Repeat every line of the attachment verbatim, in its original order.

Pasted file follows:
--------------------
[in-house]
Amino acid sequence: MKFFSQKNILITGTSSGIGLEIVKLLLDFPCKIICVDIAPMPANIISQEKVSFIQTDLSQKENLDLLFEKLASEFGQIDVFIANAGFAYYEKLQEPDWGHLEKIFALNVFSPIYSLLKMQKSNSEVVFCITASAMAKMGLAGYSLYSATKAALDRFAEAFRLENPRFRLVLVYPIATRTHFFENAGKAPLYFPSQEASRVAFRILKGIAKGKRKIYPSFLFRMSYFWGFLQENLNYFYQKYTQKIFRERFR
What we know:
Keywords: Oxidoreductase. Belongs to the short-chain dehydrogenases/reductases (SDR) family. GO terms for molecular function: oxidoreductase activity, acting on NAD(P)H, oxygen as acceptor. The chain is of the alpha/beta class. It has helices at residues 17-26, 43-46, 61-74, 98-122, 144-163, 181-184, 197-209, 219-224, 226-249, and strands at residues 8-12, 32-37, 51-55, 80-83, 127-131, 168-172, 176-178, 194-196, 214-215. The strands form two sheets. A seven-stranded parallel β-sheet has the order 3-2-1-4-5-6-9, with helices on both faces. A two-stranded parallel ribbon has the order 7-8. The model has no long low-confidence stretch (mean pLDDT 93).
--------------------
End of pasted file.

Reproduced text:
[in-house]
Amino acid sequence: MKFFSQKNILITGTSSGIGLEIVKLLLDFPCKIICVDIAPMPANIISQEKVSFIQTDLSQKENLDLLFEKLASEFGQIDVFIANAGFAYYEKLQEPDWGHLEKIFALNVFSPIYSLLKMQKSNSEVVFCITASAMAKMGLAGYSLYSATKAALDRFAEAFRLENPRFRLVLVYPIATRTHFFENAGKAPLYFPSQEASRVAFRILKGIAKGKRKIYPSFLFRMSYFWGFLQENLNYFYQKYTQKIFRERFR
What we know:
Keywords: Oxidoreductase. Belongs to the short-chain dehydrogenases/reductases (SDR) family. GO terms for molecular function: oxidoreductase activity, acting on NAD(P)H, oxygen as acceptor. The chain is of the alpha/beta class. It has helices at residues 17-26, 43-46, 61-74, 98-122, 144-163, 181-184, 197-209, 219-224, 226-249, and strands at residues 8-12, 32-37, 51-55, 80-83, 127-131, 168-172, 176-178, 194-196, 214-215. The strands form two sheets. A seven-stranded parallel β-sheet has the order 3-2-1-4-5-6-9, with helices on both faces. A two-stranded parallel ribbon has the order 7-8. The model has no long low-confidence stretch (mean pLDDT 93).